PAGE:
Movie Name: The Killings of Tony Blair (2016)
Uploaded: 14 Jan 2017, Saturday, 11:31 pm

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The Killing$ of Tony Blair is a documentary film presented and narrated by George Galloway (who also produced) and co-directed by Sanne van den Bergh and Greg Ward.

The film was released, theatrically, in the UK on 27 July 2016. The DVD and download followed on 15 August.

The Killing$ of Tony Blair
Directed by Sanne van den Bergh,
Greg Ward
Produced by
Release date
27 July 2016 (UK)
Country
  • United Kingdom
Language English
Budget £164,000
Box office £17,730 (by 15 August 2016)

Proposal

In August 2013, Galloway announced his intention to make a documentary film under the original title of The Killing of Tony Blair to be financed by on-line public subscription raised via the crowdfunding site Kickstarter. With a title chosen for "shock value", the film concerns Blair's alleged destruction of the Labour Party, the hundreds of thousands of civilians who died during the Iraq war and the former prime minister's well-remunerated business interests since he left office in 2007; in Galloway's view, a third "killing". In the Kickstarter promotional video, Galloway said: "It will take him all [the way] to The Hague, to a war crimes trial and to the slamming of a cell door shut behind him."He promised to "uncover some startling new truths" about Blair.

The documentary film maker Greg Ward was originally announced as the co-director of the project with Galloway, and the film is intended to be released globally. The Kickstarter campaign was originally setup with a target to raise £50,000. By the end of the fundraising period, more than three times this amount had been raised through donations - £164,000.

Reception

Henry Barnes of The Guardian has written that the claims for the project made by Galloway, "a good friend of hyperbole", do not match the content of the final film. It is, however, "an entertaining ramble through well-publicised allegations and a slick run down the rap sheet for those who need a reminder of Tony’s avarice".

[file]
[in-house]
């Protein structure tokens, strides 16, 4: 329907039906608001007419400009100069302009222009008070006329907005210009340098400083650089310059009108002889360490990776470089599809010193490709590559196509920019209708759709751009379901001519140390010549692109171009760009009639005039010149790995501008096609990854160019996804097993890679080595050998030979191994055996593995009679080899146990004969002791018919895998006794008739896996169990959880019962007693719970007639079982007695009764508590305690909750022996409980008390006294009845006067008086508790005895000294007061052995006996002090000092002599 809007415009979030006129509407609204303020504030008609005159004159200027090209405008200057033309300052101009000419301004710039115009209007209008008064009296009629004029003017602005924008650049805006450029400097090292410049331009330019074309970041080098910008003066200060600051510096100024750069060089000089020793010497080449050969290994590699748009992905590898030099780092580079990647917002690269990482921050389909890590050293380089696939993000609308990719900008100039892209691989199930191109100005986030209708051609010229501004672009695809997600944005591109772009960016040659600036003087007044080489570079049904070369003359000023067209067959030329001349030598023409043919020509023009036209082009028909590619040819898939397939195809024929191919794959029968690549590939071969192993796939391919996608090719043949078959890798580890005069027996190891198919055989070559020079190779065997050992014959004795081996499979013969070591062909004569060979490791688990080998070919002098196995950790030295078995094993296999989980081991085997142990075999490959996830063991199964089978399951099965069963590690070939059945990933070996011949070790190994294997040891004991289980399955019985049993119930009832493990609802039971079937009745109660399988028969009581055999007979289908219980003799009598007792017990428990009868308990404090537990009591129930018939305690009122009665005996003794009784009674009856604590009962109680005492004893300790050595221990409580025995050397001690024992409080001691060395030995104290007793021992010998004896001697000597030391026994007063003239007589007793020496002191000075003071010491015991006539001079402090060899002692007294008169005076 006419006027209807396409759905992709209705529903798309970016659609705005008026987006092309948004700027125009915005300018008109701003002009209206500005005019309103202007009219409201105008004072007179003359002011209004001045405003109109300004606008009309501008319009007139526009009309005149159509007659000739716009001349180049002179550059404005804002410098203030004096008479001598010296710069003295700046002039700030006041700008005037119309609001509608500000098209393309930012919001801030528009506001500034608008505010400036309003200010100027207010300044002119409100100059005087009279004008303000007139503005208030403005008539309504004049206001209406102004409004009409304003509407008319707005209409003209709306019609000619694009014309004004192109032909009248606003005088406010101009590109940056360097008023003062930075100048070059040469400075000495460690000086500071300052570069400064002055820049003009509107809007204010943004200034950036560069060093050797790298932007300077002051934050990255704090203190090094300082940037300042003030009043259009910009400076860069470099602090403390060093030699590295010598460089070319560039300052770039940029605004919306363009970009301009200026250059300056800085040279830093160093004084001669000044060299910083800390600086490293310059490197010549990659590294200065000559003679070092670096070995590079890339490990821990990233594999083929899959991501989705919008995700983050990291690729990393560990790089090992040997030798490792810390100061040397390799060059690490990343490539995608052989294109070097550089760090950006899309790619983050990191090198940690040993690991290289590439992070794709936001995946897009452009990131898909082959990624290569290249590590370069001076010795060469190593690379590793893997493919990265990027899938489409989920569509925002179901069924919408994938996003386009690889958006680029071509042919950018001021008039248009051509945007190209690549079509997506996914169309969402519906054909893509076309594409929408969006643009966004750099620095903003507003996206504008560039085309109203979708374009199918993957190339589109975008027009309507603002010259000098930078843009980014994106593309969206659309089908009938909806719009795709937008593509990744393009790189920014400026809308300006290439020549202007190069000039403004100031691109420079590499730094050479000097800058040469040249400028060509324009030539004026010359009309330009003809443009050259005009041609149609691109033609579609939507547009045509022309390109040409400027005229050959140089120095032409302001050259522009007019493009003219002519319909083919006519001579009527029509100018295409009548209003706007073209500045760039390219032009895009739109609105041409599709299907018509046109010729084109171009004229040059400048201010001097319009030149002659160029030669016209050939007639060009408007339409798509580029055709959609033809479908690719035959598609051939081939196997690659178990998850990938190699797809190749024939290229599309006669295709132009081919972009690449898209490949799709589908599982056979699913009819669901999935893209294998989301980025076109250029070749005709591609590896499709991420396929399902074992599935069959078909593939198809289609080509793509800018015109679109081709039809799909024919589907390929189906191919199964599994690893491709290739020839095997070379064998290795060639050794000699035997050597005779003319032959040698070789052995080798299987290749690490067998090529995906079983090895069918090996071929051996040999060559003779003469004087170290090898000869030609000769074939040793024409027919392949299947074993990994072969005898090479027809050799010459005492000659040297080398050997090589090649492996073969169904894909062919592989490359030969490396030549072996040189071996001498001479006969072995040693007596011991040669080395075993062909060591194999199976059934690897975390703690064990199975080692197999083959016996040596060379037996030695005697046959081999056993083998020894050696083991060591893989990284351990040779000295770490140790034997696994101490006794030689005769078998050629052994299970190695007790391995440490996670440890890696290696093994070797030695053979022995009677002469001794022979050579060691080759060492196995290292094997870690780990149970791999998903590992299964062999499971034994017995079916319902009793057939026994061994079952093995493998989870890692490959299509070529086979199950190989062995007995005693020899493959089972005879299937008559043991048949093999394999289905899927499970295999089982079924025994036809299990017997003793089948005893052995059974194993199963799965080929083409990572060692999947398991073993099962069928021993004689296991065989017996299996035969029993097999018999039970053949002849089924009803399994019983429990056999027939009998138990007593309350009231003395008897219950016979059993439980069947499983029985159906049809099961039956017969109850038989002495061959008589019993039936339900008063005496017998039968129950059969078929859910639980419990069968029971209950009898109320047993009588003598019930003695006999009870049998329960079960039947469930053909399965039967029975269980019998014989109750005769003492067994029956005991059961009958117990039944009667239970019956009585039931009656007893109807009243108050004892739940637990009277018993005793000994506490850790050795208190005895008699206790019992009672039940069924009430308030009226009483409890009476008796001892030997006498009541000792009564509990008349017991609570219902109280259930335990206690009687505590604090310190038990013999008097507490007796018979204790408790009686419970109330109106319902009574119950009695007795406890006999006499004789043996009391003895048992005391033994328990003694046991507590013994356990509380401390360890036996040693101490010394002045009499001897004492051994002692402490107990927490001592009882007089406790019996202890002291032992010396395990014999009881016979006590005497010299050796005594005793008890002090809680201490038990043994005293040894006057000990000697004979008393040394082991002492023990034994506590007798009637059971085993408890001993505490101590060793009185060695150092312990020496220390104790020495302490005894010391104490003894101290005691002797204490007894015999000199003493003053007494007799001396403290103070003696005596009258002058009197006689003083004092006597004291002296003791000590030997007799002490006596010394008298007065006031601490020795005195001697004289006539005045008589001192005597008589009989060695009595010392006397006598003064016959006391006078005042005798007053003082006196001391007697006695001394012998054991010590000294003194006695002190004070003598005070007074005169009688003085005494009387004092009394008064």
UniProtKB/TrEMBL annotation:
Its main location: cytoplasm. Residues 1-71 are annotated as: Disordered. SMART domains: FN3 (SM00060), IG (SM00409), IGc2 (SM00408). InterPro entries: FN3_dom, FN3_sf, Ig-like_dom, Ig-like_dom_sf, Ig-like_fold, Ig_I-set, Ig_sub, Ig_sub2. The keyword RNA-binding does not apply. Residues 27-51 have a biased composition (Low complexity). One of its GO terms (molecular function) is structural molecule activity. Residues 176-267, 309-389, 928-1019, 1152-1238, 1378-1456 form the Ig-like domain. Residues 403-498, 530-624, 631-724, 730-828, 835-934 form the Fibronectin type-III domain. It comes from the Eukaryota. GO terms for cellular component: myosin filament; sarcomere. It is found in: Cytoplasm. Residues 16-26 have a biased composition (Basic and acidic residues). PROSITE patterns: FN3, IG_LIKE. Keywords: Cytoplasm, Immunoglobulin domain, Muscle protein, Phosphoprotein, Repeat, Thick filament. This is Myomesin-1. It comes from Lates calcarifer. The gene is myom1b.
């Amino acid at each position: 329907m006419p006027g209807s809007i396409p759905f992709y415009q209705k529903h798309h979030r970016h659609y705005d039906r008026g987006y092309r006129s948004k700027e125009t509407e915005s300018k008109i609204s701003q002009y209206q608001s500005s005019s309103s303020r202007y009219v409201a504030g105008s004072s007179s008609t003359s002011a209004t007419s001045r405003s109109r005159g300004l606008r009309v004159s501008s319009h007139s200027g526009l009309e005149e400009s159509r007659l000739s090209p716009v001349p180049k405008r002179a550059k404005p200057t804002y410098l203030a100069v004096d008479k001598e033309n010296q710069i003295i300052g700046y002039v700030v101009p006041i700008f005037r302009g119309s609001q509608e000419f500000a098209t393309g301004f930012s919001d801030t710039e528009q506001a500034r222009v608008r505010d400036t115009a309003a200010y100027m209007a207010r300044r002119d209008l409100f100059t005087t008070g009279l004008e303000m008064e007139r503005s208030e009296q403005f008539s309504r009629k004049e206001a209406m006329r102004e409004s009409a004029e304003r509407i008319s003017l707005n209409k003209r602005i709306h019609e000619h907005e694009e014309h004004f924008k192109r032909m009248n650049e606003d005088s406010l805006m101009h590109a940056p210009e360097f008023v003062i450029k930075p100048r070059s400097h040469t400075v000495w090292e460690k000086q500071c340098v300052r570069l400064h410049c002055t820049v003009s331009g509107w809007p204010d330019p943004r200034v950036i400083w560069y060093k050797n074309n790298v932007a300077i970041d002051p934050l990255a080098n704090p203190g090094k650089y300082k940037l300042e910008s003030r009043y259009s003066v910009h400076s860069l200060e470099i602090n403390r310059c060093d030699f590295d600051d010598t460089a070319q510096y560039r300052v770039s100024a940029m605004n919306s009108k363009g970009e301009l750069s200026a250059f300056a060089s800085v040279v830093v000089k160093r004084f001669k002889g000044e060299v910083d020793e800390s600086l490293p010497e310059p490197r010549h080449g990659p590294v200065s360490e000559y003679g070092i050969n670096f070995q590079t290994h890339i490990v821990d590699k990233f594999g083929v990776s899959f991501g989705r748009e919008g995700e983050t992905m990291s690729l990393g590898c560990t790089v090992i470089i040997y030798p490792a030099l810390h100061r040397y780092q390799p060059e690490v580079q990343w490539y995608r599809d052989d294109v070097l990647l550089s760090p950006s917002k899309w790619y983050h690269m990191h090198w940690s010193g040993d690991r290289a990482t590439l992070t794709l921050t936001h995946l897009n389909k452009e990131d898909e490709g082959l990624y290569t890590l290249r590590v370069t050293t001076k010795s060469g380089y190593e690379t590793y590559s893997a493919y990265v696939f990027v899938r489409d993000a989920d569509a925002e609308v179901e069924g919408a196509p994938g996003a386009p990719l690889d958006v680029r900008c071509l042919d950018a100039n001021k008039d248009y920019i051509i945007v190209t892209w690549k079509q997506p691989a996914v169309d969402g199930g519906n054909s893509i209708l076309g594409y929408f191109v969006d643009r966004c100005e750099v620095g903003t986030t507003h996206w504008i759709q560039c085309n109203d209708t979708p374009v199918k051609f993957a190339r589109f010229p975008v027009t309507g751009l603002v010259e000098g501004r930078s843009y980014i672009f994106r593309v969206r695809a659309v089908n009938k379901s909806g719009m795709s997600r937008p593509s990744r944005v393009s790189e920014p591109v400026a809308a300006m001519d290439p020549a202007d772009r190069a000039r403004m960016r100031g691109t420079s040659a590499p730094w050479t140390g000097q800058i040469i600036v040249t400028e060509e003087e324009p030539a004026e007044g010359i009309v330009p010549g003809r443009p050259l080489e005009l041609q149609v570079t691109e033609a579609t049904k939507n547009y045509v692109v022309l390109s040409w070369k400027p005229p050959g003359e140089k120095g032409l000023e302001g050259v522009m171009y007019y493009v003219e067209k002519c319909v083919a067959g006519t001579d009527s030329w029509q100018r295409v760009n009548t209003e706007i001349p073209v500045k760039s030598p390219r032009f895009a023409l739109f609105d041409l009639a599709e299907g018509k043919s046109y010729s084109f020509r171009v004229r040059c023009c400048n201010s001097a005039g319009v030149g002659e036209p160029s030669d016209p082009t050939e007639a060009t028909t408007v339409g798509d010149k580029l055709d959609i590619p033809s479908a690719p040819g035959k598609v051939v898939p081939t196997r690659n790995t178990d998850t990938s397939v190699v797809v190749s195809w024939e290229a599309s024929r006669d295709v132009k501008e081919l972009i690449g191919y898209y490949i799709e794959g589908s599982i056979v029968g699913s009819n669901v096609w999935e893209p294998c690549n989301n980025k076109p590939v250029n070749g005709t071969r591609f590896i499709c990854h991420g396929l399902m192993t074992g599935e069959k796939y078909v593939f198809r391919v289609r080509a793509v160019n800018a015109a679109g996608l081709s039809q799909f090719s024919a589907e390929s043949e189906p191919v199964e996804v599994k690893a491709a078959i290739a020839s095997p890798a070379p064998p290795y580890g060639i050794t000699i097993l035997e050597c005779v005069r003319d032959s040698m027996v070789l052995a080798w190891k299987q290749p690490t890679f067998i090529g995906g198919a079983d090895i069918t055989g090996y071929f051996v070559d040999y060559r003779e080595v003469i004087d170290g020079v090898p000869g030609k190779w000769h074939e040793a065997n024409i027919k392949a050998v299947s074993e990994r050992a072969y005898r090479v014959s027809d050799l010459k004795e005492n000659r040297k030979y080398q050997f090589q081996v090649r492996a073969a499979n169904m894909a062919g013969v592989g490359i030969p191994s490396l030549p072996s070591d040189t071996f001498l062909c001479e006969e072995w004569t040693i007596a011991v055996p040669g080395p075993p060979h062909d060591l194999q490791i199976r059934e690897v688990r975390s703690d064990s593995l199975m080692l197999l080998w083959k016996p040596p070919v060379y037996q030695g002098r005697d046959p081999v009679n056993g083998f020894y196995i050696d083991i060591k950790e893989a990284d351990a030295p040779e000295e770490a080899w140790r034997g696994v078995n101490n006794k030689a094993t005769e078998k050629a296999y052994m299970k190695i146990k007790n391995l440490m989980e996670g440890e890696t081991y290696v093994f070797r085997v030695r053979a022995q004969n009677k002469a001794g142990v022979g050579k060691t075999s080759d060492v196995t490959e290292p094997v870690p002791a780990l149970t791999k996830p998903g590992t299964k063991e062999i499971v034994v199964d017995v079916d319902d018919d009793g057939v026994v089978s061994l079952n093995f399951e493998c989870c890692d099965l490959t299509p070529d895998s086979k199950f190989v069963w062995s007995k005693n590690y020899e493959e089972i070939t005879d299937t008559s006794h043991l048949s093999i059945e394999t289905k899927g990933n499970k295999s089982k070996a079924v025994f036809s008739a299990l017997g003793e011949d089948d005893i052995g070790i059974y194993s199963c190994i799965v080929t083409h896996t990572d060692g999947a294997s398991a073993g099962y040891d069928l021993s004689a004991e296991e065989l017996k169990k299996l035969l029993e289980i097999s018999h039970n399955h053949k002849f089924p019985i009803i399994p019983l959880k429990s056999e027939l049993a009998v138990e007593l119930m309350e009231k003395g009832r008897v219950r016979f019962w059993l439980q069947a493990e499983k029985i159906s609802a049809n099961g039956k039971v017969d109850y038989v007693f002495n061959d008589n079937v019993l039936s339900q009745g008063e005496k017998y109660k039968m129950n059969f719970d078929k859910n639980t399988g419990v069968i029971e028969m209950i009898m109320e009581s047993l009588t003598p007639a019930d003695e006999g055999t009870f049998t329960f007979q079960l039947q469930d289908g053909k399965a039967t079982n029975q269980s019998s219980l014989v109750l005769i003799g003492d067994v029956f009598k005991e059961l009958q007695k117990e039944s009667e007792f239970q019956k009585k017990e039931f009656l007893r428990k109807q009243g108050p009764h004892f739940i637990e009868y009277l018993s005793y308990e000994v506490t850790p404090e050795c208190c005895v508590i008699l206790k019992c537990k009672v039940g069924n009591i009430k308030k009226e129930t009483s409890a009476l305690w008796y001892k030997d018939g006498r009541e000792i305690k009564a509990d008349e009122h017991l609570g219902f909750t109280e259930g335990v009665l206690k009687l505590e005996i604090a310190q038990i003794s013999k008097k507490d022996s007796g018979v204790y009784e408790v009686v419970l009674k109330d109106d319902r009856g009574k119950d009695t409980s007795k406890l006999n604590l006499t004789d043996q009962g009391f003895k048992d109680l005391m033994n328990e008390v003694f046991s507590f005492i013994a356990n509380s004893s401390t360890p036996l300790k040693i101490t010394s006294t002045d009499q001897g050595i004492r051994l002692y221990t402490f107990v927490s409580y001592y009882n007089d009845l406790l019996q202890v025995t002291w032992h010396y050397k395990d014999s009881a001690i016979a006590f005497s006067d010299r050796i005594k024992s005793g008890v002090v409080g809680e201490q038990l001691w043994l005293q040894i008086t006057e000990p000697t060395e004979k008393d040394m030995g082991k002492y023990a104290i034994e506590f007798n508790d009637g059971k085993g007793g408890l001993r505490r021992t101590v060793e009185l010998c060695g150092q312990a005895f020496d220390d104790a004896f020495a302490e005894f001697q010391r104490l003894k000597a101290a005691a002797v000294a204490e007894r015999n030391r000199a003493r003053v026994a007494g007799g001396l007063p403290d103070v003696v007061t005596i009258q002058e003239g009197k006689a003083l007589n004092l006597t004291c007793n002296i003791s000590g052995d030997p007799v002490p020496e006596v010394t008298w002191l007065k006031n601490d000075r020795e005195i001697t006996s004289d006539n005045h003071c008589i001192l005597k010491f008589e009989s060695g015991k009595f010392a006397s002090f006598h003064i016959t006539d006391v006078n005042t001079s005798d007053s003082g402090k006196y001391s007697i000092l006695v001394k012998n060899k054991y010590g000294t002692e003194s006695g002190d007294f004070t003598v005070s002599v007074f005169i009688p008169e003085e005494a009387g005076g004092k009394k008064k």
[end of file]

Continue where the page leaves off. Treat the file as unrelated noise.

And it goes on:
Dave Calhoun of Time Out described it as a "surprisingly sober documentary about our former Prime Minister's dirty dealings". Alexa Dalby of independent film magazine Dog and Wolf, wrote that "this accessible and well-made film makes excellent use of archive footage" and is "wide ranging enough to cleverly flesh out the recent history even if it has no startlingly new information to add". It is though "totally one-sided". According to Geoffrey MacNab, writing for The Independent, "Galloway has assembled a formidable list of witnesses for the prosecution", MacNab believes "one of the weaknesses here is that there is nobody to argue Blair’s case".

Jeremy Aspinall, writing for the Radio Times described Galloway as a "Michael Moore style investigator" who "is an urgent, entertaining, and yes, abrasive inquisitor".

Allan Hunter, of the Daily Express, called it "a partisan documentary in which Galloway provides an entertaining commentary on the many sins of the former prime minister", before concluding that "all the accusations may be familiar but the cumulative effect is depressing in the extreme".

"It is a meticulous documentation of Blair’s odious, immoral and almost unbelievable money-grubbing-from-despots venality", wrote Rod Liddle in an almost entirely positive review in The Spectator. "Galloway is a terrific presenter, dapper in his left-wing hat, all boilerplate rhetoric, biblical quotations and growled sardonic asides". Wendy Ide wrote for The Observer: "While there is no doubt that Blair should be called to account, Galloway’s lack of credibility and air of insufferable sanctimony have the unexpected result of making you want to side with Blair". Yohann Koshy for Vice magazine commented: "There's a tension between [Blair] as a malicious individual, obsessed with money and power, and a cipher for all that's calamitous with life in the early 21st century – Galloway ends the film by saying, after all that, that Blair is 'just a symptom'. But if Blair's guilty of everything, as the film suggests, then he's guilty of nothing".






The Killings of Tony Blair (2016)



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